On Big Screens and Small, Filmmakers Enhance National Poetry Month

by Staff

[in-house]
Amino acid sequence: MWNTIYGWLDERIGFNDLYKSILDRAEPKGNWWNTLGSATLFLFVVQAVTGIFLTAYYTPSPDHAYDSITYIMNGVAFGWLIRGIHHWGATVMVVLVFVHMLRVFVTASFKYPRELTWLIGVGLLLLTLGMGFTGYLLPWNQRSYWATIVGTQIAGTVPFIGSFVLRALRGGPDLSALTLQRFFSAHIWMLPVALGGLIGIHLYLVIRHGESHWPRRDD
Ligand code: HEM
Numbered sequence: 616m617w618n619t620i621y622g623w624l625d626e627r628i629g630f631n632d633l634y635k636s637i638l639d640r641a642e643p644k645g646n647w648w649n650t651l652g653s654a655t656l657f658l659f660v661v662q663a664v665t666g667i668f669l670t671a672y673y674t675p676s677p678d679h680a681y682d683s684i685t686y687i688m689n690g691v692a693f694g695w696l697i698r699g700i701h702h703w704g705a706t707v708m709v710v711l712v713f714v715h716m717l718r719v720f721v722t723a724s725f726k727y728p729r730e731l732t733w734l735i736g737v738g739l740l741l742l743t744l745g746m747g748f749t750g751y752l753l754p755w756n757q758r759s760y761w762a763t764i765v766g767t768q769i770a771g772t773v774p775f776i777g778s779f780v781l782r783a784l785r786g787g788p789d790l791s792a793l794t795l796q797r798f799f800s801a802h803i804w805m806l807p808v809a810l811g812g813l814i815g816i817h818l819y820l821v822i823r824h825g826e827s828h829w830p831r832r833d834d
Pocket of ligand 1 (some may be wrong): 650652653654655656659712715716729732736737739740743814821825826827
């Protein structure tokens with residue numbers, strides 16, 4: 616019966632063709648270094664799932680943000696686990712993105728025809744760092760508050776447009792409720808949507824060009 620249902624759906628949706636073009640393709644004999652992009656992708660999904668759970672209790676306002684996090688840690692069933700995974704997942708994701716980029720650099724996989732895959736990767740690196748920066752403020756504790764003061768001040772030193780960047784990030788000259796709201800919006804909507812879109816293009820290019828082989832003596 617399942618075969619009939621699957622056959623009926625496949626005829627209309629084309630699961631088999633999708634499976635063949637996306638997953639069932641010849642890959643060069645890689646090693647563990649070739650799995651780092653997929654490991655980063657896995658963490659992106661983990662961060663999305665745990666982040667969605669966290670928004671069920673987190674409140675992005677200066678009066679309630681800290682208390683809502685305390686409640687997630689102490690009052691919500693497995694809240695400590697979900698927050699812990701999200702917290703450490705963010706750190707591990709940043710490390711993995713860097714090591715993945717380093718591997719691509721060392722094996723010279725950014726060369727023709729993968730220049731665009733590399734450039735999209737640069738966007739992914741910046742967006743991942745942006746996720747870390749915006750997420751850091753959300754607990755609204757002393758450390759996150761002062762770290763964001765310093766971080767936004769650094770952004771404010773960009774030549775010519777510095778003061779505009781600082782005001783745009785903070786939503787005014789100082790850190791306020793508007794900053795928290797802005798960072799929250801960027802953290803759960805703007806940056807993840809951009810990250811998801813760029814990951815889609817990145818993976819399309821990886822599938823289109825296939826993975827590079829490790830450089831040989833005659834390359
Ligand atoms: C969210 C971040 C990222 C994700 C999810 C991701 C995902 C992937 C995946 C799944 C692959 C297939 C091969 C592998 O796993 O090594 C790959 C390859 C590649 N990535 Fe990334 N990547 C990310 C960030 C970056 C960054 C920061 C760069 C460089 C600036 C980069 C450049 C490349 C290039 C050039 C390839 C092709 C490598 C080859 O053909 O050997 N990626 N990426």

Focusing on a lesser-known but equally deserving subject, filmmaker Cathy Cook premiered Immortal Cupboard: In Search of Lorine Niedecker at the Milwaukee Art Museum late last year. One of four films to receive this year's Wisconsin Own Jury Prize at the Wisconsin Film Festival, Immortal Cupboard explores the life and writing of a poet who some critics have described as the twentieth century's Emily Dickinson. Niedecker, who lived for years in rural Wisconsin, published only two books of poetry during her life: New Goose (J. A. Decker, 1946) and My Friend Tree (Wild Hawthorne Press, 1961). She died of a stroke in 1970 at the age of sixty-seven. In 2002 the University of California Press released Lorine Niedecker: Collected Works, edited by Jenny Penberthy. Cook's experimental documentary combines live-action footage, animation, archival images, and a rare audio interview with Niedecker to offer a unique portrait of the often-overlooked poet as well as the Midwestern landscape that inspired her.